when i left rhinelander after christmas, there was an undeniable sadness in the three of us not knowing when we would see each other again. would i come back to wisconsin? would they come back out to seattle? you move across the country and even though planes fly fast and jobs are flexible, it isn’t so easy as a quick car ride and stay at my grandma’s house to see each other. so when would we see each other again?
that was how our trip to montana happened.
“maybe we could meet in the middle!” i threw out there. eager to ski (or rather, make use of the skis i was about to lug across the country) and eager to get more white out of winter, it was the perfect spot for us to spend a weekend.
and because my parents love: a. skiing b. montana and c. me (but we won’t say what the most), a trip was quickly booked for the end of january. i went back to seattle (ski bag and all) and just 3 weeks later, i was boarding an amtrak from seattle to whitefish, montana.
still with the ski bag. woof.
also, for 15 hours. WOOF.
to be fair, the train was cheap and convenient and easy and i would do it again. i got on at 5 pm, rode along the coast until it got dark, very slowly ate a granola bar, and as we turned east i caught up on podcasts and much needed sleep. i woke up a few times in the night as we stopped or jolted, but mostly slept soundly against the window, alone in my row, until i arrived in whitefish, montana at 6:30 the next morning. still in the dark, with the air cold and snow on the ground, my parents were the first to greet me off the train.
my parents have spent so much of their lives together in montana, and one undeniably special place being whitefish. when my mom left the east coast to work in the national parks and my dad left undergrad to pursue everything but formal education, they both ended up working on at the ski resort on big mountain. my dad a lift operator, my mom selling tickets.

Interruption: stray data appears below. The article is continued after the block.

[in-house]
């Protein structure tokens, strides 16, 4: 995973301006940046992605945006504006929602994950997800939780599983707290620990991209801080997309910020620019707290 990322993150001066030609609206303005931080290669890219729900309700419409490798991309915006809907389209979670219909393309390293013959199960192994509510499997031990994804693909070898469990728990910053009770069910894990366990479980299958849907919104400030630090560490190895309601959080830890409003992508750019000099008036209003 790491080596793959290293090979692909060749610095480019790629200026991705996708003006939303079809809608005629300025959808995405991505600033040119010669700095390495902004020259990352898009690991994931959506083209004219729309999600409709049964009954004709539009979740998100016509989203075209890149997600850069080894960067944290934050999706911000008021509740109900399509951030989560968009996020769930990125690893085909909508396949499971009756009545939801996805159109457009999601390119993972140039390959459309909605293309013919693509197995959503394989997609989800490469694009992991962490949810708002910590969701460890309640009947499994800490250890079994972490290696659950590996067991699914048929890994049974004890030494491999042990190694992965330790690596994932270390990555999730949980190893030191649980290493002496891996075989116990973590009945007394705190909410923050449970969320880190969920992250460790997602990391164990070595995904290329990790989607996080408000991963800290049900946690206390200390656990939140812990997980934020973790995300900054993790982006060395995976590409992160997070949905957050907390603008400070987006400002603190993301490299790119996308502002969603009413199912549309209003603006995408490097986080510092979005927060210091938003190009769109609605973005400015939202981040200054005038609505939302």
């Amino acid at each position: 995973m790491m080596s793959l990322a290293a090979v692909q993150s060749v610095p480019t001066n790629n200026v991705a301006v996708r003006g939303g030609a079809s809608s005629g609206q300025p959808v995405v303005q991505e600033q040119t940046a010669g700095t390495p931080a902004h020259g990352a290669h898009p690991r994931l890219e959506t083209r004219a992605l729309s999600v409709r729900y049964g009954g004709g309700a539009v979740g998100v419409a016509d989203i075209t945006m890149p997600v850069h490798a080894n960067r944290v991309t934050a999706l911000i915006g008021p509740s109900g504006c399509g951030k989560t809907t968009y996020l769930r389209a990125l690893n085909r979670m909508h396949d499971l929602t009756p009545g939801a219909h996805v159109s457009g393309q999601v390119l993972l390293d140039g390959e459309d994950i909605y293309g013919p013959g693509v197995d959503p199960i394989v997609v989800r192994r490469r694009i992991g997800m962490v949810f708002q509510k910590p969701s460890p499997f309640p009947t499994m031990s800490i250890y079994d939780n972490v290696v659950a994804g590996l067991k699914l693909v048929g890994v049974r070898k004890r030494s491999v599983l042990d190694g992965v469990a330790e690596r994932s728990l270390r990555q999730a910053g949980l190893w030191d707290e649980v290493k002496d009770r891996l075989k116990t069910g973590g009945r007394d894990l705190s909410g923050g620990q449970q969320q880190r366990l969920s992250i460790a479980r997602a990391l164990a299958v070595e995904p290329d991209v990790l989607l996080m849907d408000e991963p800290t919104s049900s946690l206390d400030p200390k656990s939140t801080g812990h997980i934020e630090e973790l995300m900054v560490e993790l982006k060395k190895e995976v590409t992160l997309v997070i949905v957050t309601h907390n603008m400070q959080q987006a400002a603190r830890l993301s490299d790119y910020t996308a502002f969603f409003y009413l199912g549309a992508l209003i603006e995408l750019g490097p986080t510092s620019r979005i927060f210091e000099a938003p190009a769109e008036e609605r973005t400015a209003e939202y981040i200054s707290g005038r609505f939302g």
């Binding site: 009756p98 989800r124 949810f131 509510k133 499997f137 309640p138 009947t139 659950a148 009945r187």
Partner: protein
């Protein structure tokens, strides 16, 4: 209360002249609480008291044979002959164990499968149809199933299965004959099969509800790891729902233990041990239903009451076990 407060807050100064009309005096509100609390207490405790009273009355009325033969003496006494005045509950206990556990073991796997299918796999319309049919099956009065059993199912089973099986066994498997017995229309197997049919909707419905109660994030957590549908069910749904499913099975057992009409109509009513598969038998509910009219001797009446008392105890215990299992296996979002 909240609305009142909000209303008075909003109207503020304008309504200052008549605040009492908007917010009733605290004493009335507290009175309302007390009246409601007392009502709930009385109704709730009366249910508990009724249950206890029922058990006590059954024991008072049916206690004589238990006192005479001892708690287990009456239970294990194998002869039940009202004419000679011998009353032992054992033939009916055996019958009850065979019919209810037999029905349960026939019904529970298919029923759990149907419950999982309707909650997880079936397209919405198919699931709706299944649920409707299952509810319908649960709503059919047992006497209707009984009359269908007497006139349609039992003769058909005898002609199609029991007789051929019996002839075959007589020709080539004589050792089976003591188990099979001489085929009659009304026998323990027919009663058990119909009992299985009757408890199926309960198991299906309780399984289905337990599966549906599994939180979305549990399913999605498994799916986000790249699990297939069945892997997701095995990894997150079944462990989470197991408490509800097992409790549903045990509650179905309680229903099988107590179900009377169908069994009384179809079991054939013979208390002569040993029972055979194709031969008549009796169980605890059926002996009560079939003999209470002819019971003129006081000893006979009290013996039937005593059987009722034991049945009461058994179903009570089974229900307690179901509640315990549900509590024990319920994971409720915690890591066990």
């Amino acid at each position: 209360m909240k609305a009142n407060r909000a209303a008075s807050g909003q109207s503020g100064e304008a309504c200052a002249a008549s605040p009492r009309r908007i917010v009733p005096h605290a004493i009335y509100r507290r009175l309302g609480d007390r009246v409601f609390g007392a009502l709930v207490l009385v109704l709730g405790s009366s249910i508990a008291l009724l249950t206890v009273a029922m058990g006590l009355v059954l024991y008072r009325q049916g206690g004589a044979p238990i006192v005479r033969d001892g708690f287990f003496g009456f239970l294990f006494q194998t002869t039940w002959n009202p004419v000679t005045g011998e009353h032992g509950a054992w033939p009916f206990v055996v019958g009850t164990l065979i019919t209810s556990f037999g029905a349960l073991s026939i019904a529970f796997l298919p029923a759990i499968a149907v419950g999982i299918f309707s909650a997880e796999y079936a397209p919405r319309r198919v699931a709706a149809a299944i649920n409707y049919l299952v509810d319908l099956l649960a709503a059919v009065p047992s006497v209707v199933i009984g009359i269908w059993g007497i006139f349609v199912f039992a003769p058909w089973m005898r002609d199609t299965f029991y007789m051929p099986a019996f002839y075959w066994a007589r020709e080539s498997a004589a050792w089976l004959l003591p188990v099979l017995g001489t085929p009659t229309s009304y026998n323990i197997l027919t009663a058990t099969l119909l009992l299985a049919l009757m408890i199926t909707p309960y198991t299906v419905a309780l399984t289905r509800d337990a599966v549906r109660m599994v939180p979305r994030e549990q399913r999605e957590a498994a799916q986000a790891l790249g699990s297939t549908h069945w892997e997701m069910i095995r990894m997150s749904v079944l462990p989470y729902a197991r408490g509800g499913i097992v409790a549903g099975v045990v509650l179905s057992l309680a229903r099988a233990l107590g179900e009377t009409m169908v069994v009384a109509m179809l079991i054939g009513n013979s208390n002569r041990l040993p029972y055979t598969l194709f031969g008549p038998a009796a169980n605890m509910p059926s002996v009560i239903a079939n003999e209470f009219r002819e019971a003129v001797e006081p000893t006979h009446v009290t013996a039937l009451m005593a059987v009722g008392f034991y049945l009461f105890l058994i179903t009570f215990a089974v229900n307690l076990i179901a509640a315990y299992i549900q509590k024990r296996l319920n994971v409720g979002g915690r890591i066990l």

they were just kids then!! they were the age of you and me!! (well, me at least)
so in the year of their 30th wedding anniversary, it ended up being the perfect place to return to. some things had changed — big mountain, for one, has expanded immensely. there are more lifts, moving much faster, to more runs. real estate in whitefish has skyrocketed. and some was still quaint and picture book and exactly the way they left it. the buffalo cafe still serves the best and biggest breakfast. the great northern is the local watering hole. and the views from the mountain are still an undeniable reminder of why montana is big sky country.
we visited a bunch with my parents old ski friends and laughed until beer came out of noses (won’t say whose). we jumped out of the hot tub next to the lake and rolled in the snow. we skied day after day through the fluffiest stuff around.
we stayed at the lodge on whitefish lake, and i can’t say enough about how incredible it was. i mean, there were fireplaces everywhere. in our room, outside our patio door, in the lobby, in hallways! it was a cabin-lovers dream and facilitated the reading of many leather-bound books.
when we weren't skiing, we went and watched a skijoring tournament. skijoring is a sport that combines: a. skiing and b. horseback riding which: a. is a thing and b. is insane and also c. is everything i’ve ever wanted in life. i’m still trying to figure out how to sign up for next year (and win $20k, no joke). who’s my skier? and does anyone have a horse i can borrow?
our trip to montana was relaxing and exhausting, the four full days each long, but too soon we were boarding an early monday morning flight to seattle and i was, once again, carrying (dragging) a ski bag through downtown (and don’t worry — it’s also bright red!!). it ended up being a trip planned on a whim, with no expectations. and it ended up being our favorite trip we’ve ever taken as a family.
so go on all of the adventures, guys. take the overnight train alone. swim in the snow. lose a ski! order the huevos rancheros AND the french toast. wink at cowboys. fall asleep by the fire, two nights in a row. vacation with your parents. just get out there, where ever that is.
for us, it’s montana!